No More Blocked Octaves for Oboists!

I first came across these octave box inserts at IDRS 2009 in Birmingham. These clever bits of gadgetry were said to prevent water gathering in the octave pipes. Something that oboists the world over have experienced from time to time, often wrongly described as ‘water in the octave keys’! The propensity for this phenomenon seems to depend on the individual instrument, the climate, the amount of warm-up and not least the courage of the player to take them out and clean them once in a while. I have loads of other theories, too: the type of reed we use for example, and how easily it vibrates in proportion to the amount of air we blow through. The more air we blow through the oboe the bigger the volume of water vapour whizzing past those little metal devices that we need to break the standing waves into their harmonics. More water is then likely to collect in the very narrow diameter octave pipes.
Having communicated with Professor Alberto Castellani, the oboist-inventor, via his website I received a set of the anti- condense octave boxes. These comprise a beautifully turned conical octave pipe and its receiver box, and a key to remove and replace the pipe as the top finish is a hexagon. This is much easier to manage than the usual two indentations in the top plate requiring a twin-pointed remover, anyone who has sheared off the top plate will testify! There are two ways of gaining benefit from this device; either the inserted pipe replaces the existing one, or alternatively an oboe technician can fit the complete assembly. This first option is relatively user-friendly, but it does require skill in re-corking the octave keys, as the height of the new pipe is greater and therefore the angle the cork pad makes with its mating surface has to be well judged. However, I decided to opt for the latter option so I hastened down to Edinburgh where my nearest technician Andrew May works and presented him with the job. An hour later the oboe was ready for collection. Andrew had had to remove a small portion of the wood of the oboe to allow the box to fit, as it has a small cylinder protruding into the walls of the bore and the existing diameter was about 1mm too small (see right).

Octave box & pipe


Octave pipe and key tool

Testing over a period of months proved very interesting. The most obvious advantage was a feeling of confidence. So this was a psychological benefit. The unexpected advantage was the improvement in the upper notes. When I had the boxes fitted to a Buffet Greenline oboe, on which the second octave notes have never entirely satisfied me, there was a subtle change in the quality of the sound. These notes had been good and stable but a little lacking in character compared to other oboes I own as perhaps now more open and vibrant, and I have heard this comment expressed by other users. What causes this effect is maybe something of the black arts! The pipes I have installed in the Greenline oboe are of the brass variety. There are other materials to be had and some may argue that the plastic inserts might be better against condensation; but how this would affect tonal qualities I am unable to say, as I have not tested those.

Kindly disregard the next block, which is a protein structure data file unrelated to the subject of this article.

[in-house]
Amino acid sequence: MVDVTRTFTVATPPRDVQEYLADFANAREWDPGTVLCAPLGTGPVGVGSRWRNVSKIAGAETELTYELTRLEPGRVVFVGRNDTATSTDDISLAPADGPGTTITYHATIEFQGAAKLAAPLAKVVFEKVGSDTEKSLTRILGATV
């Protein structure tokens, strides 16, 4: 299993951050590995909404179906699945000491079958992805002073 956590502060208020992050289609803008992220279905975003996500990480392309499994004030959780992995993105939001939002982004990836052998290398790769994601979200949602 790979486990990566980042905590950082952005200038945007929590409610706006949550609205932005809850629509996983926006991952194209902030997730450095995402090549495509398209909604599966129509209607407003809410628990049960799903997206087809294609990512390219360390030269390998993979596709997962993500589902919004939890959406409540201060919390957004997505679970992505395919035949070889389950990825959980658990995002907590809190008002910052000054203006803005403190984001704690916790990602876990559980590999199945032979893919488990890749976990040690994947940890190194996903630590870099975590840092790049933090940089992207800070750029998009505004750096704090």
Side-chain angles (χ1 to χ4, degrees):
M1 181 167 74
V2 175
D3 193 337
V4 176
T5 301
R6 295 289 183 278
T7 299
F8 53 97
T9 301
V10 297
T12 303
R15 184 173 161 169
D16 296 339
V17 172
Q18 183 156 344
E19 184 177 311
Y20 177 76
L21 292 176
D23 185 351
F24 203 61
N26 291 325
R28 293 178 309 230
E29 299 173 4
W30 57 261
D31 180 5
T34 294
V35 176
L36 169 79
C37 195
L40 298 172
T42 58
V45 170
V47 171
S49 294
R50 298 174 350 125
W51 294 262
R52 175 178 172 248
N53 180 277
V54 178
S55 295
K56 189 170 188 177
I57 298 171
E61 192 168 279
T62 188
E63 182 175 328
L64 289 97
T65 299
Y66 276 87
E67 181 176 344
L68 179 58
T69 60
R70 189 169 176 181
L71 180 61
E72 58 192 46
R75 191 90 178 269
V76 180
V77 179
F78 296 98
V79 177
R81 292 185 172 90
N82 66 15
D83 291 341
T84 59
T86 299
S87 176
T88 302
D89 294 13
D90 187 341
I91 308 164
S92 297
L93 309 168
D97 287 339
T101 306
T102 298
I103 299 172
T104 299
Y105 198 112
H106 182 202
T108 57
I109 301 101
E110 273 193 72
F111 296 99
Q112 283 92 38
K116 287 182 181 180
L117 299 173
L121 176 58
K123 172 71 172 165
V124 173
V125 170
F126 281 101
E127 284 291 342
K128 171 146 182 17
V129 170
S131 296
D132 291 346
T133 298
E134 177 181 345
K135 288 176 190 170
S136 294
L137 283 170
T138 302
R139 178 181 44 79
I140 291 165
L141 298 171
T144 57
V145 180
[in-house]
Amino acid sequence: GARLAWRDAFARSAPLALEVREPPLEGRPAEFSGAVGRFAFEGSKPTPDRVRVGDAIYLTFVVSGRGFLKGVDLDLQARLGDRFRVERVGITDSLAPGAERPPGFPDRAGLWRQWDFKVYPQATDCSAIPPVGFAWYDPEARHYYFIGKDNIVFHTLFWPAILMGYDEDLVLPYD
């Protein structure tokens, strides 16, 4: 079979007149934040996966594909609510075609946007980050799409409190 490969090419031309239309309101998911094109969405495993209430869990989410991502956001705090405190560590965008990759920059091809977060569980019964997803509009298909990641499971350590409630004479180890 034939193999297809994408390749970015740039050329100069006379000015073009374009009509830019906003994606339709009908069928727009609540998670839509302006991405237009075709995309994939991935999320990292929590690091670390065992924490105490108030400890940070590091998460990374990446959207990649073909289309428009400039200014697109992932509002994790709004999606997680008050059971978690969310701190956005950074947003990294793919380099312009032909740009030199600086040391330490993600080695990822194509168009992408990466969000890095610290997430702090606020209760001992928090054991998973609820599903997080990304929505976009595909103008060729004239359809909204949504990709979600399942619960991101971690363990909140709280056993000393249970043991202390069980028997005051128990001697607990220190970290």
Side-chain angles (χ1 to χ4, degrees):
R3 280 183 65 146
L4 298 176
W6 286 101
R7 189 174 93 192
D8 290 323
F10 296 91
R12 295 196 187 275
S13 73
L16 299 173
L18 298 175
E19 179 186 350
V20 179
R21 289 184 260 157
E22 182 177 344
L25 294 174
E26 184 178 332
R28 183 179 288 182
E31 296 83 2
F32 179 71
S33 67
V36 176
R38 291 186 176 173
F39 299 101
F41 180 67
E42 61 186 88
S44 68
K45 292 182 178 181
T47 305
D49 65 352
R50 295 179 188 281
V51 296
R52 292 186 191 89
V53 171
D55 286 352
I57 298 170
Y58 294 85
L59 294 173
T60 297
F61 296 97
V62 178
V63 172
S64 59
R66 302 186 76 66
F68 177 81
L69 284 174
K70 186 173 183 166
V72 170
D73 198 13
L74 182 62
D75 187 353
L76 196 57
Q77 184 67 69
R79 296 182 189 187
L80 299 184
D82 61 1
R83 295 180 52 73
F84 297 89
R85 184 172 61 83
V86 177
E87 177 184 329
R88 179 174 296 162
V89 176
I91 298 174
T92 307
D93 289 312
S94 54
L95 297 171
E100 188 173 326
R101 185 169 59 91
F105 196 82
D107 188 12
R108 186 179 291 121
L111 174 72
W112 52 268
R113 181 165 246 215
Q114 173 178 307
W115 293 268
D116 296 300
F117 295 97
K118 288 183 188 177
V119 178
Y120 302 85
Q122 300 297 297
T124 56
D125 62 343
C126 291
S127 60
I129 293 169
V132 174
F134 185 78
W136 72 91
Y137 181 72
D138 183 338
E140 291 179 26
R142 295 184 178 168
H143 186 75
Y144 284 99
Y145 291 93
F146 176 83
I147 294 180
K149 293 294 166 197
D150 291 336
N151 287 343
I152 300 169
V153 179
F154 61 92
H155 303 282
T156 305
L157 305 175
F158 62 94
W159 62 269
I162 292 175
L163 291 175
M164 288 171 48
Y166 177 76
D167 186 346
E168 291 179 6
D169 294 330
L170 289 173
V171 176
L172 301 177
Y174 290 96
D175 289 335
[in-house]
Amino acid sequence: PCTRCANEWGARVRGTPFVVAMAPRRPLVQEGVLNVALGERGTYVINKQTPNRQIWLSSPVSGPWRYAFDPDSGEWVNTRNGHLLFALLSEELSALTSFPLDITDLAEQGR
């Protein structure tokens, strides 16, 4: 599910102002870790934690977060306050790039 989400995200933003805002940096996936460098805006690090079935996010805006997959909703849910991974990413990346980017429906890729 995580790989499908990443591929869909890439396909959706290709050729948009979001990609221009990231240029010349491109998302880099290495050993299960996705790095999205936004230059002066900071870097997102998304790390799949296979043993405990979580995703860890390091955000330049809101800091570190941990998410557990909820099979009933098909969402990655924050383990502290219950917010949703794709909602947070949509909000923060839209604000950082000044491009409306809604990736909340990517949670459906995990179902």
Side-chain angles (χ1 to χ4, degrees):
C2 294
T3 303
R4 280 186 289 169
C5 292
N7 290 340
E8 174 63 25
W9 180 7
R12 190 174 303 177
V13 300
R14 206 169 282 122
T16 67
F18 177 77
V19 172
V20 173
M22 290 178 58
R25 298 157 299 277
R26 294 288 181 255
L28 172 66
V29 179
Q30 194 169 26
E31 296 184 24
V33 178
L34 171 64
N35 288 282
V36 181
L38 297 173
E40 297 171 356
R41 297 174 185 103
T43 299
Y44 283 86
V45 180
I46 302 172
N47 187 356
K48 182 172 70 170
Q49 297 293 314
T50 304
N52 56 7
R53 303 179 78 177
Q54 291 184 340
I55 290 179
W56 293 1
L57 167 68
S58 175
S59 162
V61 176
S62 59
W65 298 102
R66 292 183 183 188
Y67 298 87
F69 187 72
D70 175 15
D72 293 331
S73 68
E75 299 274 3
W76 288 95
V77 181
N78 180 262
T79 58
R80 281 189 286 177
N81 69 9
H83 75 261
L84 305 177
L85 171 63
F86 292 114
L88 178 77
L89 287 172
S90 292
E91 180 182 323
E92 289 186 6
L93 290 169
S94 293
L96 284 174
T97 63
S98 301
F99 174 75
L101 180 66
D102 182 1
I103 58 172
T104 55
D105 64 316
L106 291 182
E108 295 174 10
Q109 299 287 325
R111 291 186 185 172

Returning to the main issue, do they work? In a word, yes – but with a little caution. Having spent many months playing in mixed climate and temperatures I have to admit that I will not be changing back to the original octave boxes. But I did have one embarrassing moment in an orchestra recently: having recommended these boxes to my colleague I was for the very first time suddenly losing the first octave notes to... water! The cigarette paper was absolutely flooded and I could not stop it!
Water collects in the receiving box under the pipe and is not easy to remove by sharp blowing across the hole. Stopping off the end of the top joint with a finger, closing the holes and sucking the water into the bore helps a little but the water soon collected again. The only cure was to dry out the oboe and blow through the individual octaves, collecting the water on a cigarette paper as normal. I persevered and the same thing happened to the second octave box some days later. When this whole experience happened again a few days later I took the pipes out of the boxes and cleaned them thoroughly with spirit, applied a little Vaseline to the holes before re-assembling. The sealing is easily achieved with the integral plastic washer but I still greased this to help make it airtight. (Waxing-in is probably not necessary.) Since then I have had no problems at all in hours of playing.

The moral in this episode is that cleaning is necessary from time to time; keeping the corks open with a cigarette paper at the very least – as Alberto himself suggests – so that the pipes dry between playing sessions, is also a help.
I have no hesitation in recommending that this invention is well worth having. I have heard argument that the octave box water problem can never be solved but this clever bit of beautiful engineering goes a long way towards that goal.
Signor Castellani can be contacted through his website: or on Tel/Fax: +39 (0)55 89 54 538 His daughter acts as his trusty translator.

Geoffrey Bridge